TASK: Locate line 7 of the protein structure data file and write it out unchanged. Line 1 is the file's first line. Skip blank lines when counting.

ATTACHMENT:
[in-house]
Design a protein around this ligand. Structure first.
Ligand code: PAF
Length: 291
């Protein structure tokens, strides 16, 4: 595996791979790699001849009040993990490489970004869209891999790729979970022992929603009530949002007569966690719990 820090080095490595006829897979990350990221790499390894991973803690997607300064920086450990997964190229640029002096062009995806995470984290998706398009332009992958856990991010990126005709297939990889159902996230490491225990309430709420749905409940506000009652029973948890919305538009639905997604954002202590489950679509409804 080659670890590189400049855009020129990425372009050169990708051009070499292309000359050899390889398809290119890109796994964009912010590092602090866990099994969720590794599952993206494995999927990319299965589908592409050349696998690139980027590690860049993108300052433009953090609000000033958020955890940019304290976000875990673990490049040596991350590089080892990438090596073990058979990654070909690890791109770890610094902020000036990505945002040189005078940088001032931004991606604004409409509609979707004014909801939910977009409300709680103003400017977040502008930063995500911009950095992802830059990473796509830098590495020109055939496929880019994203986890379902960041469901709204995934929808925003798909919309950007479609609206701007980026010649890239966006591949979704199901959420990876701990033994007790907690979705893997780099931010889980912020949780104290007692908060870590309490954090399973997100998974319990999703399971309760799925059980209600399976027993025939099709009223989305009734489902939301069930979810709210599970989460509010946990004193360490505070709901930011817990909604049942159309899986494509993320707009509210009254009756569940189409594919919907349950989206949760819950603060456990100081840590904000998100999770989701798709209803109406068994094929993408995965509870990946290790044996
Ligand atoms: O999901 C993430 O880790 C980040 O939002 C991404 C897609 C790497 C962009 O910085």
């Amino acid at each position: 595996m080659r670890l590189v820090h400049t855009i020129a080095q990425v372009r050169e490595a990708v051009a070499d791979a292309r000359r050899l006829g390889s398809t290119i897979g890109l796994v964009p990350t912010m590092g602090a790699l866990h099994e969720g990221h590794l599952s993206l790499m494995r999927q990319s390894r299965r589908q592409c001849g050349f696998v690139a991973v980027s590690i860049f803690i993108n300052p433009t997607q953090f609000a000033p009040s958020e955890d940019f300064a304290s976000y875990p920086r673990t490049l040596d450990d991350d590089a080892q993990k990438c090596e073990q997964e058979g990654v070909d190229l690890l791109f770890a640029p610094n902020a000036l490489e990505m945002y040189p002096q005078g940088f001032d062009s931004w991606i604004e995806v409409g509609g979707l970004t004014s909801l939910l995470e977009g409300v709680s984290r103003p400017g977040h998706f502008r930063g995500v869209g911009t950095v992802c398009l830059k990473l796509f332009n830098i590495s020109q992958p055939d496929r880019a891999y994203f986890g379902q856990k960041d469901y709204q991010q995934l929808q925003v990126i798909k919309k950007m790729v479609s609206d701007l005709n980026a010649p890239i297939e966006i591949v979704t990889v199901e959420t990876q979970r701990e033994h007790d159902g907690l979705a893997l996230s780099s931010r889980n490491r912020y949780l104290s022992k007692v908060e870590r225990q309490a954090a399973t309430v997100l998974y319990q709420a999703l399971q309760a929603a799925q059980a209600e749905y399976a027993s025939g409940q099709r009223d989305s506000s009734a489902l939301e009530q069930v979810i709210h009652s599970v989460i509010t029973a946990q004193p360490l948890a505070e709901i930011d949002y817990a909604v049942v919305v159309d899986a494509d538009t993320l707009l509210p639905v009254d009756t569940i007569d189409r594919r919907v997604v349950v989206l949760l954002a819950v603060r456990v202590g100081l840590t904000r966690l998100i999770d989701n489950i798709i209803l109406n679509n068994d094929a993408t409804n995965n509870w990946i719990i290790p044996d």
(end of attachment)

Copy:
């Amino acid at each position: 595996m080659r670890l590189v820090h400049t855009i020129a080095q990425v372009r050169e490595a990708v051009a070499d791979a292309r000359r050899l006829g390889s398809t290119i897979g890109l796994v964009p990350t912010m590092g602090a790699l866990h099994e969720g990221h590794l599952s993206l790499m494995r999927q990319s390894r299965r589908q592409c001849g050349f696998v690139a991973v980027s590690i860049f803690i993108n300052p433009t997607q953090f609000a000033p009040s958020e955890d940019f300064a304290s976000y875990p920086r673990t490049l040596d450990d991350d590089a080892q993990k990438c090596e073990q997964e058979g990654v070909d190229l690890l791109f770890a640029p610094n902020a000036l490489e990505m945002y040189p002096q005078g940088f001032d062009s931004w991606i604004e995806v409409g509609g979707l970004t004014s909801l939910l995470e977009g409300v709680s984290r103003p400017g977040h998706f502008r930063g995500v869209g911009t950095v992802c398009l830059k990473l796509f332009n830098i590495s020109q992958p055939d496929r880019a891999y994203f986890g379902q856990k960041d469901y709204q991010q995934l929808q925003v990126i798909k919309k950007m790729v479609s609206d701007l005709n980026a010649p890239i297939e966006i591949v979704t990889v199901e959420t990876q979970r701990e033994h007790d159902g907690l979705a893997l996230s780099s931010r889980n490491r912020y949780l104290s022992k007692v908060e870590r225990q309490a954090a399973t309430v997100l998974y319990q709420a999703l399971q309760a929603a799925q059980a209600e749905y399976a027993s025939g409940q099709r009223d989305s506000s009734a489902l939301e009530q069930v979810i709210h009652s599970v989460i509010t029973a946990q004193p360490l948890a505070e709901i930011d949002y817990a909604v049942v919305v159309d899986a494509d538009t993320l707009l509210p639905v009254d009756t569940i007569d189409r594919r919907v997604v349950v989206l949760l954002a819950v603060r456990v202590g100081l840590t904000r966690l998100i999770d989701n489950i798709i209803l109406n679509n068994d094929a993408t409804n995965n509870w990946i719990i290790p044996d």